Regards

Craig

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Raw novice competition


Today was testing day It was an official powerlifting competition but we treated it more as a chance to test 1 rep maxes (1RM). Jackson had a great day and took second overall in only his second competition. He has a massive future. His deadlift of 255 kg was a PB by 55 kg in a competition. I saw him miss 210 kg in the gym only 6 months ago.

I take a lot of satisfaction out of the performance of the rugby boys. They lifted with great technique and composure. As a lifter I always sail pretty close to the wind with my squats but these guys left the referees in no doubt!

Levi surprised himself I think. His 160 kg deadlift was pretty easy. Unfortunately Luke had to go to Auckland early so missed the competition but we managed to test his bench and squat first. Again some massive gains.

Here’s a summary. These are all raw remember.

Jackson
Squat 200 kg
Bench 135 kg
Deadlift 255 kg

He missed his third squat by a small margin. This would have given him 600 kg. I expect his deadlift will continue to grow and his squat will close in on this. This and some natural movement in the bench press will see a 700 kg total in the next 2 years. This is world class raw lifting. The kid is 19 and has 3 plus years as a junior. He realistically could medal as a junior at the worlds. How cool is that.

Liam
Liam went 7 out of 9:

Squat- 135 kg
Bench- 90 kg
Deadlift- 180 kg

Liam missed a 150 kg squat and a 95 kg bench narrowly. Great progress. Similar to Jackson with his deadlift and squat progression. He has a 200 kg squat and a 230 kg deadlift. I can tell! He is only 16!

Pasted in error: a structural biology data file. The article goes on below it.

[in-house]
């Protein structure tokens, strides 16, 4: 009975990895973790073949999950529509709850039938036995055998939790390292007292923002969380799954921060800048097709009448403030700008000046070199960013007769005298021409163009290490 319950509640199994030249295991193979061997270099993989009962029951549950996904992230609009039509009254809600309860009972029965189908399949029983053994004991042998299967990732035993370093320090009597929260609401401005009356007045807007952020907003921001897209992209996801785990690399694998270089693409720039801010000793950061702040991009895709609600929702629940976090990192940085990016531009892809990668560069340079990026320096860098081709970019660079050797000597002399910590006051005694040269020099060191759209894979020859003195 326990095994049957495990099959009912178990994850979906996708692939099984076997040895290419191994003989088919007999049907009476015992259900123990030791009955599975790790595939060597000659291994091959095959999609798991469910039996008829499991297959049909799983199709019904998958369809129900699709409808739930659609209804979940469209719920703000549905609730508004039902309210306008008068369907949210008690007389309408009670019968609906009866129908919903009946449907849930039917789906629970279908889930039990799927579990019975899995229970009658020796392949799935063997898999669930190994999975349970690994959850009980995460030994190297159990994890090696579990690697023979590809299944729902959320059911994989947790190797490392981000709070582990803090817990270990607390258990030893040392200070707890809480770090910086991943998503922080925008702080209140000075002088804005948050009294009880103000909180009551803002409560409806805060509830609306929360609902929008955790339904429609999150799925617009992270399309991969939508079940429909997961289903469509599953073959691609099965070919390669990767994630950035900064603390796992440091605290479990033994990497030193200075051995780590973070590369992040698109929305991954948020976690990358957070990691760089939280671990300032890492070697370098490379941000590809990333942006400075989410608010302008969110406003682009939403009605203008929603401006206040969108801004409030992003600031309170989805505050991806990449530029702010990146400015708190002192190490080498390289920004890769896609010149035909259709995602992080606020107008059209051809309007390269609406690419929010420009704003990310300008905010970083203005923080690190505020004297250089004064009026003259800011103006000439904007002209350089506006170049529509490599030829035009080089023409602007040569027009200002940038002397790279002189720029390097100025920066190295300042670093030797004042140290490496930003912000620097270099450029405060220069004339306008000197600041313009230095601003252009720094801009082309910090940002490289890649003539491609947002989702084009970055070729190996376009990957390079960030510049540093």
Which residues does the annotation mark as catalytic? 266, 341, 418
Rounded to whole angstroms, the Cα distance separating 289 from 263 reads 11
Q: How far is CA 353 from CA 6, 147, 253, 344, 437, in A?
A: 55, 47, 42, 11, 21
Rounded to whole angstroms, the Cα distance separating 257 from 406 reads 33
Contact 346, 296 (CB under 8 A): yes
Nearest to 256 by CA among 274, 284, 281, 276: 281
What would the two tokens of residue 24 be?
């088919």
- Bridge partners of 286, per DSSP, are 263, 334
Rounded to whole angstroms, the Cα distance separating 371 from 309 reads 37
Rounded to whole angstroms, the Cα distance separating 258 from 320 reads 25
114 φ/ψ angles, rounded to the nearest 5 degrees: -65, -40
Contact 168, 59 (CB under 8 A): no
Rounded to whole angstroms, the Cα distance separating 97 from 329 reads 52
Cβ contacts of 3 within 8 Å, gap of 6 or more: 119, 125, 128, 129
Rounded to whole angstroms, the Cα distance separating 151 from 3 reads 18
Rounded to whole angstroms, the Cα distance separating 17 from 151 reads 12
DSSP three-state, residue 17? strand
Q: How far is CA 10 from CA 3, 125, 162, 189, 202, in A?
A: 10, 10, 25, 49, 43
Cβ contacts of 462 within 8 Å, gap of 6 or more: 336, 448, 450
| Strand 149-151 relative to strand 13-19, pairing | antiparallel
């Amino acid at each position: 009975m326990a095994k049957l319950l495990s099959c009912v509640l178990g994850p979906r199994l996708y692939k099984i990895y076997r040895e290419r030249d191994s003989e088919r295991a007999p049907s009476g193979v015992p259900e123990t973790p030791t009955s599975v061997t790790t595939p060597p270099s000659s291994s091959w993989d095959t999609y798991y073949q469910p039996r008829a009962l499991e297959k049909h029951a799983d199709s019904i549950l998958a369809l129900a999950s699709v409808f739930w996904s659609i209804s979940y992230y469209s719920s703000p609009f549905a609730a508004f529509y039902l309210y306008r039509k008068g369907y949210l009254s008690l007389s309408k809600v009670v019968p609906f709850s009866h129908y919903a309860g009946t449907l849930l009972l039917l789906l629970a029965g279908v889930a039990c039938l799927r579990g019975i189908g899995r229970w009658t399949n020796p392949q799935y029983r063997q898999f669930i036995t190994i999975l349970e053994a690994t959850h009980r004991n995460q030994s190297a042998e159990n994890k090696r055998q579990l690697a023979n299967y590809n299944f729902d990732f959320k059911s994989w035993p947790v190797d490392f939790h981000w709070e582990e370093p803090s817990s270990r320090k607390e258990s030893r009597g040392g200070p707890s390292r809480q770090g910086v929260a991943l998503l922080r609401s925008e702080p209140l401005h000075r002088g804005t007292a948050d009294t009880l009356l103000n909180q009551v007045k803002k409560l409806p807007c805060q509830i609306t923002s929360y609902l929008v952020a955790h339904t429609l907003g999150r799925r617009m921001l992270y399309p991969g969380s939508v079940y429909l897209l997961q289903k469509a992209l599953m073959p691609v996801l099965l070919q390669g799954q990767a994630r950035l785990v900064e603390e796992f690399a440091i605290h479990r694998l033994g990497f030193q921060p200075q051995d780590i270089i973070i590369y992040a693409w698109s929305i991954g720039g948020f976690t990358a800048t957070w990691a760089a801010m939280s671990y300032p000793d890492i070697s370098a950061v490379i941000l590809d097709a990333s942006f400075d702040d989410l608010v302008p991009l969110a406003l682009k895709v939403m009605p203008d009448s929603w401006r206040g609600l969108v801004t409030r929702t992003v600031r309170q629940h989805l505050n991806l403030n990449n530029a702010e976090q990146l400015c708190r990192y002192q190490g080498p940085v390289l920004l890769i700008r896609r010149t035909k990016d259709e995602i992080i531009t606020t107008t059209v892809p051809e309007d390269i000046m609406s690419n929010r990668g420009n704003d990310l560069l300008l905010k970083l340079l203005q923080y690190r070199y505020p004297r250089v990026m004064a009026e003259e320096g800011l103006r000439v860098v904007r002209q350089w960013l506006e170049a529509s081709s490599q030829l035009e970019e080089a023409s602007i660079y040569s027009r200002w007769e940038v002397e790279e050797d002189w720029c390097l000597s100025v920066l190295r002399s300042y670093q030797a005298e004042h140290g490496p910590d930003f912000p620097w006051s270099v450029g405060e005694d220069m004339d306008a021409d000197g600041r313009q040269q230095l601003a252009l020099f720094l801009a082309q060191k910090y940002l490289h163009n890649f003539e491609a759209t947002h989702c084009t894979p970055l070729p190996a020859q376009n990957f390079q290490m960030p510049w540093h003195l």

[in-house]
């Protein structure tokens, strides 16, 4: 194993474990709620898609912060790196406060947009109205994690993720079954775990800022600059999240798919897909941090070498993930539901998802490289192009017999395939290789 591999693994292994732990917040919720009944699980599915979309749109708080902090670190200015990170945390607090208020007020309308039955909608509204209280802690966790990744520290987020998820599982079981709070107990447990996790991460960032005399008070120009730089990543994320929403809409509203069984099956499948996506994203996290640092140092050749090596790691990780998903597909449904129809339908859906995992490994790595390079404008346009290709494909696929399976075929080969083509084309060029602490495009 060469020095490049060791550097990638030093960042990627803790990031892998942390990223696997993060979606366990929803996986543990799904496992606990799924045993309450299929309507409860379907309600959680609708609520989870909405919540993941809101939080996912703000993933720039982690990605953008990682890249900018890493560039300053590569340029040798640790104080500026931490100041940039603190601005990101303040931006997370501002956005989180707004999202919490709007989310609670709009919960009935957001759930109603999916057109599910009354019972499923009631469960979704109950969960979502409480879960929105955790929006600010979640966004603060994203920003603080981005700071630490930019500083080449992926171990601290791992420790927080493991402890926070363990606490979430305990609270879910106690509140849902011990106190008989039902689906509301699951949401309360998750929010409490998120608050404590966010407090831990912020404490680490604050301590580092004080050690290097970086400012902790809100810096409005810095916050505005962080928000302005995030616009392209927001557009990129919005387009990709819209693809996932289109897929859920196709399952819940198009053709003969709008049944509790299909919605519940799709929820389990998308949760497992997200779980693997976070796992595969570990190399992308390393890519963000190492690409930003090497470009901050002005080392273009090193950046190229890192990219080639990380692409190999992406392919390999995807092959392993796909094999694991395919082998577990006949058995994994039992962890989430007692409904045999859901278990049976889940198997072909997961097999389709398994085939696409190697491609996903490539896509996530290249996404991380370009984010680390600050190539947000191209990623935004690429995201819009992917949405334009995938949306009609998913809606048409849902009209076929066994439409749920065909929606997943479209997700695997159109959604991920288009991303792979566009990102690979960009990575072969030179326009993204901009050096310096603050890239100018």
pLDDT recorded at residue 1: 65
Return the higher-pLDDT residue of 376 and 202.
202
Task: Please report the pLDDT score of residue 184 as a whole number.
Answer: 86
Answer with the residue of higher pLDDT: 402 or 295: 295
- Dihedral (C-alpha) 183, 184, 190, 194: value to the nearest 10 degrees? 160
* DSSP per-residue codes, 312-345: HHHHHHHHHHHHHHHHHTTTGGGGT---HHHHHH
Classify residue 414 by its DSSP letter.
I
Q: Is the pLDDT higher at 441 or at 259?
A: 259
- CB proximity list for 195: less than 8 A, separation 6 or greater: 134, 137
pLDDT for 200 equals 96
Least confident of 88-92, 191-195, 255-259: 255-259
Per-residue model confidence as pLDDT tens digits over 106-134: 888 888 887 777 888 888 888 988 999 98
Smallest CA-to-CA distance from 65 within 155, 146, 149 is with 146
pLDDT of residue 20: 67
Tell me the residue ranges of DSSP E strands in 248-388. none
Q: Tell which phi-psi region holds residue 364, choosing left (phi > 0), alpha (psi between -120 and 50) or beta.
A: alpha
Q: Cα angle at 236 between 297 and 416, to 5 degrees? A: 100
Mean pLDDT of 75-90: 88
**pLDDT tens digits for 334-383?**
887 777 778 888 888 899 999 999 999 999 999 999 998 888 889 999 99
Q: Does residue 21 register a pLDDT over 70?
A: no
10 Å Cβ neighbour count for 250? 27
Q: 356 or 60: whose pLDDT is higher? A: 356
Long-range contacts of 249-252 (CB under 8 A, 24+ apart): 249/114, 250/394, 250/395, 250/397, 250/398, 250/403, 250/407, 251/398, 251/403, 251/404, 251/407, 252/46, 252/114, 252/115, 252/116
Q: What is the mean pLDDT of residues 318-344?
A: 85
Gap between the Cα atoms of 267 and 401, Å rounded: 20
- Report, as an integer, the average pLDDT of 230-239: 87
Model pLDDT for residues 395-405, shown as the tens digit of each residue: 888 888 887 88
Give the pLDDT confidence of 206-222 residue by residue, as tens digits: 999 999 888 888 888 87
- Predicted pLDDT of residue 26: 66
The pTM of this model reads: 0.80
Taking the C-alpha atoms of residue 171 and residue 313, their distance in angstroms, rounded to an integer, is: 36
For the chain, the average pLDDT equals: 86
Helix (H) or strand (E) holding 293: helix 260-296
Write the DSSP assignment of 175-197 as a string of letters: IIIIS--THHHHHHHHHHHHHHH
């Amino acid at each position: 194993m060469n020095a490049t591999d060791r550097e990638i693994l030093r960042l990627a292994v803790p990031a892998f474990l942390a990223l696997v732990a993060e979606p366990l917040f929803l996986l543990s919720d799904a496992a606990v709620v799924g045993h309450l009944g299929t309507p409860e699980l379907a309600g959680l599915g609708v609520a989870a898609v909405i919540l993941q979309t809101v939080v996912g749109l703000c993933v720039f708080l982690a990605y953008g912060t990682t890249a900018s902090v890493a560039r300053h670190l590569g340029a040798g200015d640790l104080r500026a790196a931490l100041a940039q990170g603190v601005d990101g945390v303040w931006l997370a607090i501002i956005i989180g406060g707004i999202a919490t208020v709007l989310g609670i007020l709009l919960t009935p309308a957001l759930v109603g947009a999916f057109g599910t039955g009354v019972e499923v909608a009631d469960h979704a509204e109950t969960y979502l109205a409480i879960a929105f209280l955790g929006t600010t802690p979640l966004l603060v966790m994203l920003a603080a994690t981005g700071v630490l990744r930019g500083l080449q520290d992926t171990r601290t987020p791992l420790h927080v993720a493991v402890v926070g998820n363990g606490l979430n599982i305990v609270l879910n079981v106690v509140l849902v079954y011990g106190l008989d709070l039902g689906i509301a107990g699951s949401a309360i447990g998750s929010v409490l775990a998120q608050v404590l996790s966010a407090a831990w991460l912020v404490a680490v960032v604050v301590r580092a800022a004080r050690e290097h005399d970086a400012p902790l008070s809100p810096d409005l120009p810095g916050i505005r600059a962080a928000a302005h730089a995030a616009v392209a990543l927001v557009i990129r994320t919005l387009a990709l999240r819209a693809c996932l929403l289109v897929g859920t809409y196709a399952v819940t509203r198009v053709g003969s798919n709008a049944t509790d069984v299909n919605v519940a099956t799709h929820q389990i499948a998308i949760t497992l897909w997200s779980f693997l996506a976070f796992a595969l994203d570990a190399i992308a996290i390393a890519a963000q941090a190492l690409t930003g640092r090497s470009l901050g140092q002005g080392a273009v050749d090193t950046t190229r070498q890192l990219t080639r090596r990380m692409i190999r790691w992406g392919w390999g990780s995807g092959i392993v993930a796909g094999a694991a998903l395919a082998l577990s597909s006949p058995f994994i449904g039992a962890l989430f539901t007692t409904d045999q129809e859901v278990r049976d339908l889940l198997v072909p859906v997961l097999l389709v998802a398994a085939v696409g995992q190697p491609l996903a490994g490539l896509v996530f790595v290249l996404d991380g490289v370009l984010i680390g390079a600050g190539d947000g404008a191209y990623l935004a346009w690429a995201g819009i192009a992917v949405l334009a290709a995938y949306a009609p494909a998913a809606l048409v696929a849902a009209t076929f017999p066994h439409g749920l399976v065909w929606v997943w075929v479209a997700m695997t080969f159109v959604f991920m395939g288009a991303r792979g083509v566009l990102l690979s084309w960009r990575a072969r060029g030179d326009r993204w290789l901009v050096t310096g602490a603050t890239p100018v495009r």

Levi
Squat- 120 kg
Bench- 80 kg
Deadlift- 160 kg

Levi is also 16. He only started with me 3 months ago. Since then he has gained 12 kg and is starting to get strong. Levi is over 6 foot 3 tall. So the power movements have their own challenges. I was so pleased that he went 3 out 3 in the squats. Great technique. It’s only been in the last month that I was confident that Levi could squat below parallel. We have spent the last 3 months on the bar and slowly working up to 60 kg. Now he has the technique to move on. We will take it slowly but again he will be squatting 200 kg in the next year. And that deadlift will rocket.

We tested Luke on the squat and bench and he hit 130 and 80 kg respectively. Thrilled with this also.

A good day all around. It gives me confidence to know we are on track. There is no tougher environment than an official powerlifting comp to test you 1RM.

Well done boys.

bigger stronger smarter